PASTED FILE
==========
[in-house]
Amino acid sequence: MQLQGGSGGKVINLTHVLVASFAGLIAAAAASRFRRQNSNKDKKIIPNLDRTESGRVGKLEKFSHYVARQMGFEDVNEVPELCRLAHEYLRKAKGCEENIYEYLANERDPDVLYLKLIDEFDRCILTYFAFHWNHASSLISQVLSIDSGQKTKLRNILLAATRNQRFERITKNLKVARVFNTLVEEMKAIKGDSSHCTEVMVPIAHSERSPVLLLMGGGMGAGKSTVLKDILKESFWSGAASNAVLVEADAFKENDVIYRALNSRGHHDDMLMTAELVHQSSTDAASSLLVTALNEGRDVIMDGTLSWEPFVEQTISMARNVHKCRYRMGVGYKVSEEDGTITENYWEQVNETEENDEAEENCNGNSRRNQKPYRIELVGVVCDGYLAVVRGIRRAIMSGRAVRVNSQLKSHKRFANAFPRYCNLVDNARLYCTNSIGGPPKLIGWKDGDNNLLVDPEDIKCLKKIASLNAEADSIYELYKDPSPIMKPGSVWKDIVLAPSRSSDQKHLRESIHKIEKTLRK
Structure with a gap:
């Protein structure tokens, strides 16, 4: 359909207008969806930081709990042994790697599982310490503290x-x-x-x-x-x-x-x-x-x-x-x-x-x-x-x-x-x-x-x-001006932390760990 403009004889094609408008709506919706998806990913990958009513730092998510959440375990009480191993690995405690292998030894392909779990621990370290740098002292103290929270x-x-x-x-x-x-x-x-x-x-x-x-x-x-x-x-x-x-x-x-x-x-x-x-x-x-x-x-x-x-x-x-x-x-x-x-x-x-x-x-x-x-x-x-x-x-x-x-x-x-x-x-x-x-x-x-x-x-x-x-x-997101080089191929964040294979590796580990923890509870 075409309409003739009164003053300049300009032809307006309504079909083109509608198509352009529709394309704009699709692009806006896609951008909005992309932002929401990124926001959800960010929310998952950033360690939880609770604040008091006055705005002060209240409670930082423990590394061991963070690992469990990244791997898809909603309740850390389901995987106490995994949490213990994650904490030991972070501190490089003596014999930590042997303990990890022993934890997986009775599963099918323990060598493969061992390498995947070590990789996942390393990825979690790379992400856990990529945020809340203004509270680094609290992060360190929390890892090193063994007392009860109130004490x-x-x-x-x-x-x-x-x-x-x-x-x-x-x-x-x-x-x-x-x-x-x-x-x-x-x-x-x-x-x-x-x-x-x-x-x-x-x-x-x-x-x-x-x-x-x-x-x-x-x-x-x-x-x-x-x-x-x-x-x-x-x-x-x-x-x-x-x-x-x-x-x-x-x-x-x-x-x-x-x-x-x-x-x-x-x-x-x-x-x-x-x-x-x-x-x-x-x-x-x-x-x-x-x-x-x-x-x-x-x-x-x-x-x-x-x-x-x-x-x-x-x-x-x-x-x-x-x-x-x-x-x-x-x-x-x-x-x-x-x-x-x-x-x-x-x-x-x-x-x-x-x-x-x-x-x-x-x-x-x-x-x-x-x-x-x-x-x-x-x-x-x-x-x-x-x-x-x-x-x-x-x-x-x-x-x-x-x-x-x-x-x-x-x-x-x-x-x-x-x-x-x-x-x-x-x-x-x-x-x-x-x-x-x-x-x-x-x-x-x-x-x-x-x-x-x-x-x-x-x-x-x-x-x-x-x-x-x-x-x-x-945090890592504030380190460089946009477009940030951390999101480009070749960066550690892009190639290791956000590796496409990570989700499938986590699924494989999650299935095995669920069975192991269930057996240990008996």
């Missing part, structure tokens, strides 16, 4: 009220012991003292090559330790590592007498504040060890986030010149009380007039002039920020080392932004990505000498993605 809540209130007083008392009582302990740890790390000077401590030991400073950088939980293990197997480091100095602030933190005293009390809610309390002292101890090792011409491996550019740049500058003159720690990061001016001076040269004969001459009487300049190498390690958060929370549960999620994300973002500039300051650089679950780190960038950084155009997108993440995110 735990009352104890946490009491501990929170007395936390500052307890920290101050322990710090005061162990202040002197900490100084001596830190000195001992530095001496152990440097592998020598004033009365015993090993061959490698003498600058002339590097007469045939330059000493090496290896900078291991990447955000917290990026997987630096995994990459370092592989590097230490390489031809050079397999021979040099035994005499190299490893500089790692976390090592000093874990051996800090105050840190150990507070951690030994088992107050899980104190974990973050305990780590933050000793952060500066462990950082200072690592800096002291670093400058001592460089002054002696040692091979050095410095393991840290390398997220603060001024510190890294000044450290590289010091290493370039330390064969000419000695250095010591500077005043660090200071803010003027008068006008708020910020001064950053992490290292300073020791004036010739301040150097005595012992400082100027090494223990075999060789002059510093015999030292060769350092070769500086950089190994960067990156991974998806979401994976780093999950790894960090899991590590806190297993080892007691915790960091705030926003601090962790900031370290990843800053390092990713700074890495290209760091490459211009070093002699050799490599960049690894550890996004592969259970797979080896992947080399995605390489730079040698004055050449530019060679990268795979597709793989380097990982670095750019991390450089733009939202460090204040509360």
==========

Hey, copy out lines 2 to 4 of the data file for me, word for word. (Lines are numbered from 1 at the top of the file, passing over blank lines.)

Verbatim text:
Amino acid sequence: MQLQGGSGGKVINLTHVLVASFAGLIAAAAASRFRRQNSNKDKKIIPNLDRTESGRVGKLEKFSHYVARQMGFEDVNEVPELCRLAHEYLRKAKGCEENIYEYLANERDPDVLYLKLIDEFDRCILTYFAFHWNHASSLISQVLSIDSGQKTKLRNILLAATRNQRFERITKNLKVARVFNTLVEEMKAIKGDSSHCTEVMVPIAHSERSPVLLLMGGGMGAGKSTVLKDILKESFWSGAASNAVLVEADAFKENDVIYRALNSRGHHDDMLMTAELVHQSSTDAASSLLVTALNEGRDVIMDGTLSWEPFVEQTISMARNVHKCRYRMGVGYKVSEEDGTITENYWEQVNETEENDEAEENCNGNSRRNQKPYRIELVGVVCDGYLAVVRGIRRAIMSGRAVRVNSQLKSHKRFANAFPRYCNLVDNARLYCTNSIGGPPKLIGWKDGDNNLLVDPEDIKCLKKIASLNAEADSIYELYKDPSPIMKPGSVWKDIVLAPSRSSDQKHLRESIHKIEKTLRK
Structure with a gap:
């Protein structure tokens, strides 16, 4: 359909207008969806930081709990042994790697599982310490503290x-x-x-x-x-x-x-x-x-x-x-x-x-x-x-x-x-x-x-x-001006932390760990 403009004889094609408008709506919706998806990913990958009513730092998510959440375990009480191993690995405690292998030894392909779990621990370290740098002292103290929270x-x-x-x-x-x-x-x-x-x-x-x-x-x-x-x-x-x-x-x-x-x-x-x-x-x-x-x-x-x-x-x-x-x-x-x-x-x-x-x-x-x-x-x-x-x-x-x-x-x-x-x-x-x-x-x-x-x-x-x-x-997101080089191929964040294979590796580990923890509870 075409309409003739009164003053300049300009032809307006309504079909083109509608198509352009529709394309704009699709692009806006896609951008909005992309932002929401990124926001959800960010929310998952950033360690939880609770604040008091006055705005002060209240409670930082423990590394061991963070690992469990990244791997898809909603309740850390389901995987106490995994949490213990994650904490030991972070501190490089003596014999930590042997303990990890022993934890997986009775599963099918323990060598493969061992390498995947070590990789996942390393990825979690790379992400856990990529945020809340203004509270680094609290992060360190929390890892090193063994007392009860109130004490x-x-x-x-x-x-x-x-x-x-x-x-x-x-x-x-x-x-x-x-x-x-x-x-x-x-x-x-x-x-x-x-x-x-x-x-x-x-x-x-x-x-x-x-x-x-x-x-x-x-x-x-x-x-x-x-x-x-x-x-x-x-x-x-x-x-x-x-x-x-x-x-x-x-x-x-x-x-x-x-x-x-x-x-x-x-x-x-x-x-x-x-x-x-x-x-x-x-x-x-x-x-x-x-x-x-x-x-x-x-x-x-x-x-x-x-x-x-x-x-x-x-x-x-x-x-x-x-x-x-x-x-x-x-x-x-x-x-x-x-x-x-x-x-x-x-x-x-x-x-x-x-x-x-x-x-x-x-x-x-x-x-x-x-x-x-x-x-x-x-x-x-x-x-x-x-x-x-x-x-x-x-x-x-x-x-x-x-x-x-x-x-x-x-x-x-x-x-x-x-x-x-x-x-x-x-x-x-x-x-x-x-x-x-x-x-x-x-x-x-x-x-x-x-x-x-x-x-x-x-x-x-x-x-x-x-x-x-x-x-x-x-945090890592504030380190460089946009477009940030951390999101480009070749960066550690892009190639290791956000590796496409990570989700499938986590699924494989999650299935095995669920069975192991269930057996240990008996």